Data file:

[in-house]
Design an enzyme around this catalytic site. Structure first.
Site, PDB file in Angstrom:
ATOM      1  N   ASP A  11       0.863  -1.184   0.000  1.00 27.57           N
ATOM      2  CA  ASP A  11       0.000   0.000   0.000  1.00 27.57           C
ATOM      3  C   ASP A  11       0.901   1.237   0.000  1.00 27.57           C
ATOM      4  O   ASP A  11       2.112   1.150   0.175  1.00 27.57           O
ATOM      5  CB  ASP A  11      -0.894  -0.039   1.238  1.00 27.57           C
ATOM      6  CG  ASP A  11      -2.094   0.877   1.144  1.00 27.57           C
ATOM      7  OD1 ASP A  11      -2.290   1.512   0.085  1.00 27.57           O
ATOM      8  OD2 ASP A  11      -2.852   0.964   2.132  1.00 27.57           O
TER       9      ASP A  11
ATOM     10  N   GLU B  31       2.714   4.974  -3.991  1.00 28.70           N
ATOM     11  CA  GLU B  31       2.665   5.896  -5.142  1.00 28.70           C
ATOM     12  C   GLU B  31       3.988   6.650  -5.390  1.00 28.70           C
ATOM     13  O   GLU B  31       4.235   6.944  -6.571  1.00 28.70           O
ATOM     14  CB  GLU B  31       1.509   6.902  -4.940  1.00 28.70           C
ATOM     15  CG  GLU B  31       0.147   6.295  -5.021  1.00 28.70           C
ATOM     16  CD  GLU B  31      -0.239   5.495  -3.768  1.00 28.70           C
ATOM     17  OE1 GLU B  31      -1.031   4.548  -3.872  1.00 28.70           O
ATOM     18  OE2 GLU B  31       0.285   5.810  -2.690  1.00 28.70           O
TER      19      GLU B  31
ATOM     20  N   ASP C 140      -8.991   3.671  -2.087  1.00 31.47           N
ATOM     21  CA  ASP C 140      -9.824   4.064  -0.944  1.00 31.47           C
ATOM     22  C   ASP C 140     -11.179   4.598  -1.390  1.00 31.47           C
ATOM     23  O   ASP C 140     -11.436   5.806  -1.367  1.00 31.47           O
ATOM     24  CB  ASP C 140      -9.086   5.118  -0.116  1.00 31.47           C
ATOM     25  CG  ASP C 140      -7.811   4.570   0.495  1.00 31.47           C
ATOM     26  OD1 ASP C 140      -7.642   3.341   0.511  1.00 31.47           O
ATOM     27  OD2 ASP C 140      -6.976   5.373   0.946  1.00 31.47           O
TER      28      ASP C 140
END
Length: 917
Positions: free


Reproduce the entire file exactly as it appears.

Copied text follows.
[in-house]
Design an enzyme around this catalytic site. Structure first.
Site, PDB file in Angstrom:
ATOM      1  N   ASP A  11       0.863  -1.184   0.000  1.00 27.57           N
ATOM      2  CA  ASP A  11       0.000   0.000   0.000  1.00 27.57           C
ATOM      3  C   ASP A  11       0.901   1.237   0.000  1.00 27.57           C
ATOM      4  O   ASP A  11       2.112   1.150   0.175  1.00 27.57           O
ATOM      5  CB  ASP A  11      -0.894  -0.039   1.238  1.00 27.57           C
ATOM      6  CG  ASP A  11      -2.094   0.877   1.144  1.00 27.57           C
ATOM      7  OD1 ASP A  11      -2.290   1.512   0.085  1.00 27.57           O
ATOM      8  OD2 ASP A  11      -2.852   0.964   2.132  1.00 27.57           O
TER       9      ASP A  11
ATOM     10  N   GLU B  31       2.714   4.974  -3.991  1.00 28.70           N
ATOM     11  CA  GLU B  31       2.665   5.896  -5.142  1.00 28.70           C
ATOM     12  C   GLU B  31       3.988   6.650  -5.390  1.00 28.70           C
ATOM     13  O   GLU B  31       4.235   6.944  -6.571  1.00 28.70           O
ATOM     14  CB  GLU B  31       1.509   6.902  -4.940  1.00 28.70           C
ATOM     15  CG  GLU B  31       0.147   6.295  -5.021  1.00 28.70           C
ATOM     16  CD  GLU B  31      -0.239   5.495  -3.768  1.00 28.70           C
ATOM     17  OE1 GLU B  31      -1.031   4.548  -3.872  1.00 28.70           O
ATOM     18  OE2 GLU B  31       0.285   5.810  -2.690  1.00 28.70           O
TER      19      GLU B  31
ATOM     20  N   ASP C 140      -8.991   3.671  -2.087  1.00 31.47           N
ATOM     21  CA  ASP C 140      -9.824   4.064  -0.944  1.00 31.47           C
ATOM     22  C   ASP C 140     -11.179   4.598  -1.390  1.00 31.47           C
ATOM     23  O   ASP C 140     -11.436   5.806  -1.367  1.00 31.47           O
ATOM     24  CB  ASP C 140      -9.086   5.118  -0.116  1.00 31.47           C
ATOM     25  CG  ASP C 140      -7.811   4.570   0.495  1.00 31.47           C
ATOM     26  OD1 ASP C 140      -7.642   3.341   0.511  1.00 31.47           O
ATOM     27  OD2 ASP C 140      -6.976   5.373   0.946  1.00 31.47           O
TER      28      ASP C 140
END
Length: 917
Positions: free